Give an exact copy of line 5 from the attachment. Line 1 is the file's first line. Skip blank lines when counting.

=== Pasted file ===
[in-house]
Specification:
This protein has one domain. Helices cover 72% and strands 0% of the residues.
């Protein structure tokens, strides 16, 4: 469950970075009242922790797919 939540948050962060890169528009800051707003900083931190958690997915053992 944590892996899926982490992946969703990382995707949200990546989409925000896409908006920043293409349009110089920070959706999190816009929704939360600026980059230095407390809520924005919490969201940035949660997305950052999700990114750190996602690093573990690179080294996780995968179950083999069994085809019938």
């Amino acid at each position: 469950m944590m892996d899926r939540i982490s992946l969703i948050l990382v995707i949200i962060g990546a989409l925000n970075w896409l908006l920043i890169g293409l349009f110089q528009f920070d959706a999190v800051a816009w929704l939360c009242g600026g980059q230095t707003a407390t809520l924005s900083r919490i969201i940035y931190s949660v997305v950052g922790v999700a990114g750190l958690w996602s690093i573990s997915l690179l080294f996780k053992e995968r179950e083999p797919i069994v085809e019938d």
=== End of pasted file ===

């Amino acid at each position: 469950m944590m892996d899926r939540i982490s992946l969703i948050l990382v995707i949200i962060g990546a989409l925000n970075w896409l908006l920043i890169g293409l349009f110089q528009f920070d959706a999190v800051a816009w929704l939360c009242g600026g980059q230095t707003a407390t809520l924005s900083r919490i969201i940035y931190s949660v997305v950052g922790v999700a990114g750190l958690w996602s690093i573990s997915l690179l080294f996780k053992e995968r179950e083999p797919i069994v085809e019938d």